36. Baxter, R.V.; Ben Othmane, K.; Rochelle, J.M.; Stajich, J.E.; Hulette, C.; Dew-Knight, S.; Hentati, F.; Ben Hamida, M.; Bel, S.; Stenger, J.E.; et al. Ganglioside-Induced Differentiation-Associated Protein-1 Is Mutant in Charcot-Marie-Tooth Disease Type 4A/8q21. Nat. Genet. 2002, 30, 21–22. [Google Scholar] [CrossRef]
  37. Cuesta, A.; Pedrola, L.; Sevilla, T.; García-Planells, J.; Chumillas, M.J.; Mayordomo, F.; LeGuern, E.; Marín, I.; Vílchez, J.J.; Palau, F. The Gene Encoding Ganglioside-Induced Differentiation-Associated Protein 1 Is Mutated in Axonal Charcot-Marie-Tooth Type 4A Disease. Nat. Genet. 2002, 30, 22–25. [Google Scholar] [CrossRef]
  38. Sevilla, T.; Jaijo, T.; Nauffal, D.; Collado, D.; Chumillas, M.J.; Vilchez, J.J.; Muelas, N.; Bataller, L.; Domenech, R.; Espinós, C.; et al. Vocal Cord Paresis and Diaphragmatic Dysfunction Are Severe and Frequent Symptoms of GDAP1-Associated Neuropathy. Brain 2008, 131, 3051–3061. [Google Scholar] [CrossRef] [Green Version]
  39. Benhabiles, H.; Gonzalez-Hilarion, S.; Amand, S.; Bailly, C.; Prévotat, A.; Reix, P.; Hubert, D.; Adriaenssens, E.; Rebuffat, S.; Tulasne, D.; et al. Optimized Approach for the Identification of Highly Efficient Correctors of Nonsense Mutations in Human Diseases. PLoS ONE 2017, 12, e0187930. [Google Scholar] [CrossRef] [Green Version]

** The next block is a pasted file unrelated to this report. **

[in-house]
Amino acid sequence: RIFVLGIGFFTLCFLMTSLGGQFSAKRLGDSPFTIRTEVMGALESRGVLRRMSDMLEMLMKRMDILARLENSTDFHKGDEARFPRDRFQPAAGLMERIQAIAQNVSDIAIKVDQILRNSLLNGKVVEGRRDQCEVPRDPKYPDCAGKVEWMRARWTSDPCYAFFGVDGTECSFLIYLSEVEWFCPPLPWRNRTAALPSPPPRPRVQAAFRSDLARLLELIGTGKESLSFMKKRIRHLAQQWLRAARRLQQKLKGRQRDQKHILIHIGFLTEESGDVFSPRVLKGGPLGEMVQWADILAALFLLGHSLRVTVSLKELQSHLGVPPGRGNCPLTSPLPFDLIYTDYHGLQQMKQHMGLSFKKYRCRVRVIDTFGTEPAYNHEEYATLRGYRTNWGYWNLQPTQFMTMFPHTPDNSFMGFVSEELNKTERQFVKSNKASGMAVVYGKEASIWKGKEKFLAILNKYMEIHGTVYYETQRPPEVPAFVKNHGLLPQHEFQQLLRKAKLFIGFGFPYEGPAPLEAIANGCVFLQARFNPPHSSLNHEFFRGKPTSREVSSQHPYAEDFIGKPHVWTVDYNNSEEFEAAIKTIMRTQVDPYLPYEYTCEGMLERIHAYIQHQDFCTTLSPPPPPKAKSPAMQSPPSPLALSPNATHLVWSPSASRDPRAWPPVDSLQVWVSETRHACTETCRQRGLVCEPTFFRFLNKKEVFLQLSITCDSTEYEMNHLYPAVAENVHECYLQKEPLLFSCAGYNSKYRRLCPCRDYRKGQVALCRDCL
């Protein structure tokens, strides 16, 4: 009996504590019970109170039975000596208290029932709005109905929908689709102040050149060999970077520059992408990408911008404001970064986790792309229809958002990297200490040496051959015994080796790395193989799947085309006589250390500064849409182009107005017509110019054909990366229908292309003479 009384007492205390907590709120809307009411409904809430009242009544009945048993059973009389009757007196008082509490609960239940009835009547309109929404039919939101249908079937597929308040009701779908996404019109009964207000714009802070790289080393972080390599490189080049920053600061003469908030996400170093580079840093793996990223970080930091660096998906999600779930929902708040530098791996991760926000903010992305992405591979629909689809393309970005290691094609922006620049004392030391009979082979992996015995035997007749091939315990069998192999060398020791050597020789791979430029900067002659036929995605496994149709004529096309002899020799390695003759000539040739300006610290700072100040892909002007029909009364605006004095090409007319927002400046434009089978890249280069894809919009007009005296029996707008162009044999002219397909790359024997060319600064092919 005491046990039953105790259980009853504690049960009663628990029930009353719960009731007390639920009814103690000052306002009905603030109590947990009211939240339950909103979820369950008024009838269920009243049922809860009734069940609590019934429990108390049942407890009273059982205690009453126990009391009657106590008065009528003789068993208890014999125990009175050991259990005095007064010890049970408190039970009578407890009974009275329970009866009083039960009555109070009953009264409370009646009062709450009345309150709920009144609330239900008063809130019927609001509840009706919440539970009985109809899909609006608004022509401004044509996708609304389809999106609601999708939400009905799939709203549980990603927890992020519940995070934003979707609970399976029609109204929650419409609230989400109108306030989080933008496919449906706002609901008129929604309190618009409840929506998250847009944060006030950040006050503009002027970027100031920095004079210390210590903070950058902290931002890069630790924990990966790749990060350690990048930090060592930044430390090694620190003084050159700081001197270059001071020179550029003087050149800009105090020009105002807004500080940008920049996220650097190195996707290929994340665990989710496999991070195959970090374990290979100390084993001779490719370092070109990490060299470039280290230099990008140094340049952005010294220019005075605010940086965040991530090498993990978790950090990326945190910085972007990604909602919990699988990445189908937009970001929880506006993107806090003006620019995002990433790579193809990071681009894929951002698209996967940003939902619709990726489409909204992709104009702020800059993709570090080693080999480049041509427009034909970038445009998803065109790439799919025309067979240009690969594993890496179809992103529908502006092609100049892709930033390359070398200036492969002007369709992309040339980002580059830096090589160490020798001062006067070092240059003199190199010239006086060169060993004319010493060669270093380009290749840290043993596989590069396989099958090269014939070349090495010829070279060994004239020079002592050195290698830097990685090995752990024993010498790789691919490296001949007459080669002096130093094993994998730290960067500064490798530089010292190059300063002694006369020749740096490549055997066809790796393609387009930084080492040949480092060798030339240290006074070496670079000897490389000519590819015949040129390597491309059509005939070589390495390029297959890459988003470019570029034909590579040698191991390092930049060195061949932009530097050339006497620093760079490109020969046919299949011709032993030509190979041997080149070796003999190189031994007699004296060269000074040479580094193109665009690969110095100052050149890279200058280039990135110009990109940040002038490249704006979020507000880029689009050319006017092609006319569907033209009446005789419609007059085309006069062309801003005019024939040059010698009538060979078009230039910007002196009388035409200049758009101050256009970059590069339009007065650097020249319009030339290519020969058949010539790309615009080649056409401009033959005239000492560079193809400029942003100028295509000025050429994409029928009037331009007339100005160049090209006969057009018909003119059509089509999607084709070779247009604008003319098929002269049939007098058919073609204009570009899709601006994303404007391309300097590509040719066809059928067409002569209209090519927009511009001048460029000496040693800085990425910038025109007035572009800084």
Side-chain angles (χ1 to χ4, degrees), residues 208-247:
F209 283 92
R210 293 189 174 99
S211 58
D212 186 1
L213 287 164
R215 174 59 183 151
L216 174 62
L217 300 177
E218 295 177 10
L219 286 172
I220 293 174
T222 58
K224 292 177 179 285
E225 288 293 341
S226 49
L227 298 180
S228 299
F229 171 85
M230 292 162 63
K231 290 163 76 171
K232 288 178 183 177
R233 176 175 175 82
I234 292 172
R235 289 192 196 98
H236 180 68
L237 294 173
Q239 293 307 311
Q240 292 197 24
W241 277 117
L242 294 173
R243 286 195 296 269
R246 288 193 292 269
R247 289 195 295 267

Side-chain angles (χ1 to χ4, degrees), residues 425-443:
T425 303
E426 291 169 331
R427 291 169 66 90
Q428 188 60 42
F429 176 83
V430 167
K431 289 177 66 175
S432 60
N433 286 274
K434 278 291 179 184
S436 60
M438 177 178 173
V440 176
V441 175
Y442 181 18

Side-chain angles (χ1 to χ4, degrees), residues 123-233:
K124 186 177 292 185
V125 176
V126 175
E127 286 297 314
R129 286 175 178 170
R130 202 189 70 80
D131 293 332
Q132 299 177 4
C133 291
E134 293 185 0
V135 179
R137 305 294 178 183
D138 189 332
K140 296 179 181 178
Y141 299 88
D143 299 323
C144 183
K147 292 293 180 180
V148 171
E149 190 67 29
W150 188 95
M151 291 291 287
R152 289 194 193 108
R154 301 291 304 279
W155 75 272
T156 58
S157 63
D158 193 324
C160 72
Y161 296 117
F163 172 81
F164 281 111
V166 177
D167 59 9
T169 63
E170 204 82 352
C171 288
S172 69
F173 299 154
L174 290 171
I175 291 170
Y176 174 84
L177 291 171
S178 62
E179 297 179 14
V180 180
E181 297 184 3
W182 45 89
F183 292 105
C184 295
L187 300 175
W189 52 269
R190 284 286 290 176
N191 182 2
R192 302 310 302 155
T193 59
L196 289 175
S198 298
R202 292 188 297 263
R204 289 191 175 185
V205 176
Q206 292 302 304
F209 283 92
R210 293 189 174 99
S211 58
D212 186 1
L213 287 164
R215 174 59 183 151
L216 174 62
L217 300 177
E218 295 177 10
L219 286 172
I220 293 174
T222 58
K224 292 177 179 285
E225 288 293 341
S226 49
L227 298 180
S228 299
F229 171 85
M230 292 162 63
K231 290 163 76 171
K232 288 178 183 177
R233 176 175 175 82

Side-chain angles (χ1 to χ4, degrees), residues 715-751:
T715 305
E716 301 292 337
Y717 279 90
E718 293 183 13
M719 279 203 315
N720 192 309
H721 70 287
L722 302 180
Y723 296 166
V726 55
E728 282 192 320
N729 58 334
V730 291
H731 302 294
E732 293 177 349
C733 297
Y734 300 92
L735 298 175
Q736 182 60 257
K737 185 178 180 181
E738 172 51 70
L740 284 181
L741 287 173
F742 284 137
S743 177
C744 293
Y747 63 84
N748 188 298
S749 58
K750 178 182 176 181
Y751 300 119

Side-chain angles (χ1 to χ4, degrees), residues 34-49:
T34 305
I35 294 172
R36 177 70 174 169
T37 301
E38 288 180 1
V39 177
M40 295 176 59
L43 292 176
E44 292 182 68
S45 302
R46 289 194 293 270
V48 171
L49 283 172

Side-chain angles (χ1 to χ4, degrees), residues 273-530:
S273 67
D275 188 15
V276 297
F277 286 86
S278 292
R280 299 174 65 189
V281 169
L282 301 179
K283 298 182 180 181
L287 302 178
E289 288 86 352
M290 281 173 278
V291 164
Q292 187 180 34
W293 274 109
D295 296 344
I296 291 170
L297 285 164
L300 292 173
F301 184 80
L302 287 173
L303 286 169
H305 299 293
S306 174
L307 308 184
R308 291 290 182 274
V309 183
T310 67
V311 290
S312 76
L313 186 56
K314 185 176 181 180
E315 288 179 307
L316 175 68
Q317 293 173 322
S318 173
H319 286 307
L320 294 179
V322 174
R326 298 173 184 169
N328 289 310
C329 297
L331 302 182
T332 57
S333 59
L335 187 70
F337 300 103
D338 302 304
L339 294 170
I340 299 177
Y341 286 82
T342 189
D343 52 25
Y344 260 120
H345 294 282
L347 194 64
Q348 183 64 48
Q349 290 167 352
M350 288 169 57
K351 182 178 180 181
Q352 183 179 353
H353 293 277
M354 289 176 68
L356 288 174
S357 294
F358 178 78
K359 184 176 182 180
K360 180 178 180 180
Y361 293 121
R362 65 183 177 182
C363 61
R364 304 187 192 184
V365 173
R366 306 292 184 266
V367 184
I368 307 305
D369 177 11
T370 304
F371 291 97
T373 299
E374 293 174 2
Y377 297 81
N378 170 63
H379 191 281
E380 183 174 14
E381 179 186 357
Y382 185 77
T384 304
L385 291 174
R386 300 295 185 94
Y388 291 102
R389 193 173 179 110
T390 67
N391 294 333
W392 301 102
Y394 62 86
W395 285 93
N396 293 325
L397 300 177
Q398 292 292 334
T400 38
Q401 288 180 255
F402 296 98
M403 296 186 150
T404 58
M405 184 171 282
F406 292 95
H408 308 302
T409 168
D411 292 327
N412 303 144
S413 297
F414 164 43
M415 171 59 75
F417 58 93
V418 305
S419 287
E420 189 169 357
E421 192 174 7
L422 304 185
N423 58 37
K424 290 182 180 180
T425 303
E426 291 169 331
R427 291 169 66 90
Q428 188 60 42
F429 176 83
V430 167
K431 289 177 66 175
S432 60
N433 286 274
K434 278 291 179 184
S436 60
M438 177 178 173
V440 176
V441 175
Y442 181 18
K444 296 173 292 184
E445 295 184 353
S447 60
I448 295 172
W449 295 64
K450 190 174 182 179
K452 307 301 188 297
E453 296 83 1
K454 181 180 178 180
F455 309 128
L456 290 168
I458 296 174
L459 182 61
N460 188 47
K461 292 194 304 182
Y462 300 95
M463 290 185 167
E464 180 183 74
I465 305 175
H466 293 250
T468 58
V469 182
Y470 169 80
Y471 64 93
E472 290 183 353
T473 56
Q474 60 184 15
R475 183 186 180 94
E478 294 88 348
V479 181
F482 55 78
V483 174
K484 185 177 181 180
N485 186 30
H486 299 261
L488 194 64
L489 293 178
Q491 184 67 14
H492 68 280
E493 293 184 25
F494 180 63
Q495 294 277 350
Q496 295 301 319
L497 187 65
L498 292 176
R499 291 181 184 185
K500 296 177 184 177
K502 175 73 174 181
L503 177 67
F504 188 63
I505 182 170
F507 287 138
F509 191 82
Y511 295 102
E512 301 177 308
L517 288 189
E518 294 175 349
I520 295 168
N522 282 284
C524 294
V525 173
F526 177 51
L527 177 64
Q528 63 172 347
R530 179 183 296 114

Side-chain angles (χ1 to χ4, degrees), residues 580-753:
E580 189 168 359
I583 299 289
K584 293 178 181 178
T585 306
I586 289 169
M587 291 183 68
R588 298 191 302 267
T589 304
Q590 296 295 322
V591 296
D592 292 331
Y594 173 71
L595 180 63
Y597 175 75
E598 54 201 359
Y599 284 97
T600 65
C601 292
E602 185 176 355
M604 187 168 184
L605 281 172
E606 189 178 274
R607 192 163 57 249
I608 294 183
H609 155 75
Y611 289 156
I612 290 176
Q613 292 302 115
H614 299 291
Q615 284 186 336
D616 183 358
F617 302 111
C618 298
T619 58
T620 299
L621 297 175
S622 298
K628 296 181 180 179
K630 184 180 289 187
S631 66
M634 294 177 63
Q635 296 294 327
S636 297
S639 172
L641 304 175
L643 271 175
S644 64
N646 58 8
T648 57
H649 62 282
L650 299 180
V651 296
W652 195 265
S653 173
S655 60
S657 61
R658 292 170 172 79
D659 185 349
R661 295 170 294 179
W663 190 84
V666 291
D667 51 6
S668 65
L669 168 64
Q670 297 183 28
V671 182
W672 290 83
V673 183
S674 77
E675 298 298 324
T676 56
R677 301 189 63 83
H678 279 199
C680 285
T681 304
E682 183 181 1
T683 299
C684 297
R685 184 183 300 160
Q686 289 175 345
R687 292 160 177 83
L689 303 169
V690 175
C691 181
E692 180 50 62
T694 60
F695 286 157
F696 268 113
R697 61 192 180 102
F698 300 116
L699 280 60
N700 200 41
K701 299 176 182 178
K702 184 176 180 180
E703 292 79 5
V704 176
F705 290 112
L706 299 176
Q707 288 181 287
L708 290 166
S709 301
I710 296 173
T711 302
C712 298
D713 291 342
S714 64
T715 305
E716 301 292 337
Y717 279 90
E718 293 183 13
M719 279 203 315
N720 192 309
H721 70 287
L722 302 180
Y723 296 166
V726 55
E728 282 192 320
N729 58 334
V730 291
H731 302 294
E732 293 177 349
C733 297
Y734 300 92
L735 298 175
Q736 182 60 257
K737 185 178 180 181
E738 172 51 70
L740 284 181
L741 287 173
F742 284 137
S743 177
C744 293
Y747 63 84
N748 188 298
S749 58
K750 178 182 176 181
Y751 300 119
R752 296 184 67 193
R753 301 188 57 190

40. Hörner, S.J.; Couturier, N.; Bruch, R.; Koch, P.; Hafner, M.; Rudolf, R. HiPSC-Derived Schwann Cells Influence Myogenic Differentiation in Neuromuscular Cocultures. Cells 2021, 10, 3292. [Google Scholar] [CrossRef]
  41. Bordonaro, M.; Lazarova, D. Amlexanox and UPF1 Modulate Wnt Signaling and Apoptosis in HCT-116 Colorectal Cancer Cells. J. Cancer 2019, 10, 287–292. [Google Scholar] [CrossRef]
  42. Cunha, D.L.; Eintracht, J.; Harding, P.; Zhou, J.H.; Moosajee, M. Restoration of Functional PAX6 in Aniridia Patient IPSC-Derived Ocular Tissue Models Using Repurposed Nonsense Suppression Drugs. bioRxiv 2022. [Google Scholar] [CrossRef]